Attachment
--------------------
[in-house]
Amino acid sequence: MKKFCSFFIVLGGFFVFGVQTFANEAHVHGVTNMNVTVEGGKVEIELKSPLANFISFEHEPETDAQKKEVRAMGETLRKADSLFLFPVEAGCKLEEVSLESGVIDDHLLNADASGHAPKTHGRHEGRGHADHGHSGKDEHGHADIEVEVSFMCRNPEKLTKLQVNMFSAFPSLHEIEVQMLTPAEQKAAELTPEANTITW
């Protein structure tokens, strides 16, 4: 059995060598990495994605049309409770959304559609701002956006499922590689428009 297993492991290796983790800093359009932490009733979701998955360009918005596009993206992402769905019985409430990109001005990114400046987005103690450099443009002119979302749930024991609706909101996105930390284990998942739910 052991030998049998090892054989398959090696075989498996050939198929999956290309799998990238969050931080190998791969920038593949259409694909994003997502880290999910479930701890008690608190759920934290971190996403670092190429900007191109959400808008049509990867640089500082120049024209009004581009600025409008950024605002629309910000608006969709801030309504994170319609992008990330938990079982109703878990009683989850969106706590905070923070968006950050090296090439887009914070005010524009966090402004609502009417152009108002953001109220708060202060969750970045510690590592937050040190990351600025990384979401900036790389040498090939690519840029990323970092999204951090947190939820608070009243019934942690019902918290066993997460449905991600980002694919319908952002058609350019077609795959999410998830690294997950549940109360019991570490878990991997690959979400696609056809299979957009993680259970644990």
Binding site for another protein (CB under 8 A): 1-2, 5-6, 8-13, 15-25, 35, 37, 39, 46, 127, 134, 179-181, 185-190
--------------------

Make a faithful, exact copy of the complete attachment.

[in-house]
Amino acid sequence: MKKFCSFFIVLGGFFVFGVQTFANEAHVHGVTNMNVTVEGGKVEIELKSPLANFISFEHEPETDAQKKEVRAMGETLRKADSLFLFPVEAGCKLEEVSLESGVIDDHLLNADASGHAPKTHGRHEGRGHADHGHSGKDEHGHADIEVEVSFMCRNPEKLTKLQVNMFSAFPSLHEIEVQMLTPAEQKAAELTPEANTITW
């Protein structure tokens, strides 16, 4: 059995060598990495994605049309409770959304559609701002956006499922590689428009 297993492991290796983790800093359009932490009733979701998955360009918005596009993206992402769905019985409430990109001005990114400046987005103690450099443009002119979302749930024991609706909101996105930390284990998942739910 052991030998049998090892054989398959090696075989498996050939198929999956290309799998990238969050931080190998791969920038593949259409694909994003997502880290999910479930701890008690608190759920934290971190996403670092190429900007191109959400808008049509990867640089500082120049024209009004581009600025409008950024605002629309910000608006969709801030309504994170319609992008990330938990079982109703878990009683989850969106706590905070923070968006950050090296090439887009914070005010524009966090402004609502009417152009108002953001109220708060202060969750970045510690590592937050040190990351600025990384979401900036790389040498090939690519840029990323970092999204951090947190939820608070009243019934942690019902918290066993997460449905991600980002694919319908952002058609350019077609795959999410998830690294997950549940109360019991570490878990991997690959979400696609056809299979957009993680259970644990």
Binding site for another protein (CB under 8 A): 1-2, 5-6, 8-13, 15-25, 35, 37, 39, 46, 127, 134, 179-181, 185-190